When Women Lead: Integrative Leadership in State Legislatures
Oxford University Press, 1998 - 240 pages
Until recently, the study of legislative leadership has been the study of men. Scholars have taught students that legislative leadership is transactional, a kind of competitive bargaining procedure to broker particular interests. When Women Lead: Integrative Leadership in State Legislatures brings to light the important contributions that women as legislative leaders make to the institutions in which they operate. Cindy Simon Rosenthal shows us how (and where) women are "integrating" the ranks of the legislative hierarchy, a forum in which they have been all but absent. She also argues that women are "doing leadership" in an innovative, inclusive style that subtly redefines both the appearance and meaning of political leadership.
Contradicting the assumption that legislative leadership is inherently transactional, Rosenthal posits an integrative style emphasizing collaboration, shared problem-solving, and consensus. Further, she argues that women committee chairs come to their roles from different life experiences, and so employ motivations, tactics, and visions of leadership that differ in important ways from their male counterparts. Her findings suggest that women tend to see political leadership as something more than the act of satisfying particular interests.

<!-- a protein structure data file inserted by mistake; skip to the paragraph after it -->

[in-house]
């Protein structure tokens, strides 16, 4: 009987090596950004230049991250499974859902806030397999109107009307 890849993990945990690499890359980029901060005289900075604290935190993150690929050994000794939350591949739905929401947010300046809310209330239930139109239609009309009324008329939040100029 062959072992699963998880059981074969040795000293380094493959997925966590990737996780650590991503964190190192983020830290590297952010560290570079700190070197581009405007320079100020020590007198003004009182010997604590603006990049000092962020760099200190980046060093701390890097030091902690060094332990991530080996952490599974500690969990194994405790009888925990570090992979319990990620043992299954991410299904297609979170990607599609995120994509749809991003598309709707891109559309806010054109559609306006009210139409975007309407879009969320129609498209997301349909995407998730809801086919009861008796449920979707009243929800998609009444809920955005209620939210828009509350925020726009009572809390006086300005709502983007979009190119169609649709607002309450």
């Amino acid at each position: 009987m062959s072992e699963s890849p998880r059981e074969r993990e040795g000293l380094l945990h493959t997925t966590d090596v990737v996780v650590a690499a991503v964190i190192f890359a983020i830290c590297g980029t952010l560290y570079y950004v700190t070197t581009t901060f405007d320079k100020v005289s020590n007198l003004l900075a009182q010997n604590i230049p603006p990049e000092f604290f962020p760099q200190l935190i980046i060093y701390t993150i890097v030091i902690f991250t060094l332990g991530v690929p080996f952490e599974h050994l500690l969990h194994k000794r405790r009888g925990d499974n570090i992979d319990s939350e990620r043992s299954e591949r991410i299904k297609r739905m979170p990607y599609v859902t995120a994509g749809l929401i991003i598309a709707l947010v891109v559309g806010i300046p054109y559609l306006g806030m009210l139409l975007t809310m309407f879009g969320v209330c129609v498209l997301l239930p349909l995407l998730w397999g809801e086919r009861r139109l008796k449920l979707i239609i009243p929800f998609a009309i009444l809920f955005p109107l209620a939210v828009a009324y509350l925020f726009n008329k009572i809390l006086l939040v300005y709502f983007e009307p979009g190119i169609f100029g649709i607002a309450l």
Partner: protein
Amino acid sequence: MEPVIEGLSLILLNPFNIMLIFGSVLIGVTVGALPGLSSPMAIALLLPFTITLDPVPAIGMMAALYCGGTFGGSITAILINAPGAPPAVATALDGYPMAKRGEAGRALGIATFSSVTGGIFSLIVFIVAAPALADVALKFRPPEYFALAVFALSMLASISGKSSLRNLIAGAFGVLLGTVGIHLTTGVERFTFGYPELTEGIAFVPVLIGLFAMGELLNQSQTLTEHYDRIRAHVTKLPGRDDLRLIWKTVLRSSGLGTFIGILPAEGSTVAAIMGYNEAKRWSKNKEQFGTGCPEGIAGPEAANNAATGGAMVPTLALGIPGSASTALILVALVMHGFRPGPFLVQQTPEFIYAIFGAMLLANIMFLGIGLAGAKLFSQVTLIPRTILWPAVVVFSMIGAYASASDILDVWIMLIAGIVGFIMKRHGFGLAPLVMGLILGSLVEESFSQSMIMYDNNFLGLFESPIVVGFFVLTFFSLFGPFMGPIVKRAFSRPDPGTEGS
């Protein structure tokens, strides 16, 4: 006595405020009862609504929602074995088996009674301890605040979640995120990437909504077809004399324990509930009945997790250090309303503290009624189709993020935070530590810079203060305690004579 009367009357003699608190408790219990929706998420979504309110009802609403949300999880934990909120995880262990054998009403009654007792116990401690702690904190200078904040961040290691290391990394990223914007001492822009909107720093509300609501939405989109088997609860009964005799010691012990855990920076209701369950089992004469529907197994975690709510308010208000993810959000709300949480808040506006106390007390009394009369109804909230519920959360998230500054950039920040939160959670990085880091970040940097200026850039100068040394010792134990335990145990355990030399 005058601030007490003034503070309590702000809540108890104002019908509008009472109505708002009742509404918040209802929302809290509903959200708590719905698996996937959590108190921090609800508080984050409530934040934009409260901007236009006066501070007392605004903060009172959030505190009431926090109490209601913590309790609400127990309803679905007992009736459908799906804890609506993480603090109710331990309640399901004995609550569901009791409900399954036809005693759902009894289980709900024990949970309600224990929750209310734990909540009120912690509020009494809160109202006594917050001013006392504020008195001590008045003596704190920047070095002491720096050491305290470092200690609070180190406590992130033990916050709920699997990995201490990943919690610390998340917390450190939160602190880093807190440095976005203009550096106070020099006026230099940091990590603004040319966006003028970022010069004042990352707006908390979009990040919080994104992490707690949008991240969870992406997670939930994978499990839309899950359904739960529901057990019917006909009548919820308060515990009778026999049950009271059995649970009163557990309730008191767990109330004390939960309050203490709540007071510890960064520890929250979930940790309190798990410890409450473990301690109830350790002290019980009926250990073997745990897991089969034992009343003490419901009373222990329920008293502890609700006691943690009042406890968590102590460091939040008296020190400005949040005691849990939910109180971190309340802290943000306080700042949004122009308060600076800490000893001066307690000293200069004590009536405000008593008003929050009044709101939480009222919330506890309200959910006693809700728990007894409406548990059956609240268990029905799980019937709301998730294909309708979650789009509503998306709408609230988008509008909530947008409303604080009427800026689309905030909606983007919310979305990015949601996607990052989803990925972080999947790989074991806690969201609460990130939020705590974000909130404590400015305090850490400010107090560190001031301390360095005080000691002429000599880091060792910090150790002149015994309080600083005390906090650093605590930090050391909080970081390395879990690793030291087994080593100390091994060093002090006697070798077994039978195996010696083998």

This study of women who chair state legislative committees examines one of America's largest cohorts of women in institutional leadership roles, thus making an important contribution to our understanding of gender, organizational leadership, and state legislatures. Rosenthal ably demonstrates that legislatures are not gender-neutral and that legislative leadership must be understood within a gendered context. Numbers and power therefore constitute critical variables throughout this study. While stereotyping has not disappeared in some states, women across the country--as illustrated in When Women Lead--are effectively redefining the framework and the assumptions central to political leadership in other locales.
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